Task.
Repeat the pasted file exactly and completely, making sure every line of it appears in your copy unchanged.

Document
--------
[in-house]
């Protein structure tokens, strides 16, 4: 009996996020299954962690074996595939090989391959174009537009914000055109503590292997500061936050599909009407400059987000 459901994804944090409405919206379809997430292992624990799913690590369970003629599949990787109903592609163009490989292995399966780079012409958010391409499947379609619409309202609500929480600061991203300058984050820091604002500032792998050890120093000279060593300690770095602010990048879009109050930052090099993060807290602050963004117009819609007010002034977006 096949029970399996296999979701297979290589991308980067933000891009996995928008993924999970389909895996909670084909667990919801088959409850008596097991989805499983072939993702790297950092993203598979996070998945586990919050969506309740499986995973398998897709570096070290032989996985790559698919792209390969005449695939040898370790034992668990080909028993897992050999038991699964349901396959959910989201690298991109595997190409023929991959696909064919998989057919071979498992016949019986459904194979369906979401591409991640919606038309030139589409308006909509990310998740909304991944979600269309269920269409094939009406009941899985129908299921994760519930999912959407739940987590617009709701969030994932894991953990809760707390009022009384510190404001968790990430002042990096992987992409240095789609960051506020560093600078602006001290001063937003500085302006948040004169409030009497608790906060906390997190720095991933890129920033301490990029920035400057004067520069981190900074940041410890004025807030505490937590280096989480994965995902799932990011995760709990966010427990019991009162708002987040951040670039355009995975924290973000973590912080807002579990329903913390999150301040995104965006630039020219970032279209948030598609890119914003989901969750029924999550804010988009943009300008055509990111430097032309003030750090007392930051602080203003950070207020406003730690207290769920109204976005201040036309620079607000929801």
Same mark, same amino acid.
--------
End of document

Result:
[in-house]
């Protein structure tokens, strides 16, 4: 009996996020299954962690074996595939090989391959174009537009914000055109503590292997500061936050599909009407400059987000 459901994804944090409405919206379809997430292992624990799913690590369970003629599949990787109903592609163009490989292995399966780079012409958010391409499947379609619409309202609500929480600061991203300058984050820091604002500032792998050890120093000279060593300690770095602010990048879009109050930052090099993060807290602050963004117009819609007010002034977006 096949029970399996296999979701297979290589991308980067933000891009996995928008993924999970389909895996909670084909667990919801088959409850008596097991989805499983072939993702790297950092993203598979996070998945586990919050969506309740499986995973398998897709570096070290032989996985790559698919792209390969005449695939040898370790034992668990080909028993897992050999038991699964349901396959959910989201690298991109595997190409023929991959696909064919998989057919071979498992016949019986459904194979369906979401591409991640919606038309030139589409308006909509990310998740909304991944979600269309269920269409094939009406009941899985129908299921994760519930999912959407739940987590617009709701969030994932894991953990809760707390009022009384510190404001968790990430002042990096992987992409240095789609960051506020560093600078602006001290001063937003500085302006948040004169409030009497608790906060906390997190720095991933890129920033301490990029920035400057004067520069981190900074940041410890004025807030505490937590280096989480994965995902799932990011995760709990966010427990019991009162708002987040951040670039355009995975924290973000973590912080807002579990329903913390999150301040995104965006630039020219970032279209948030598609890119914003989901969750029924999550804010988009943009300008055509990111430097032309003030750090007392930051602080203003950070207020406003730690207290769920109204976005201040036309620079607000929801």
Same mark, same amino acid.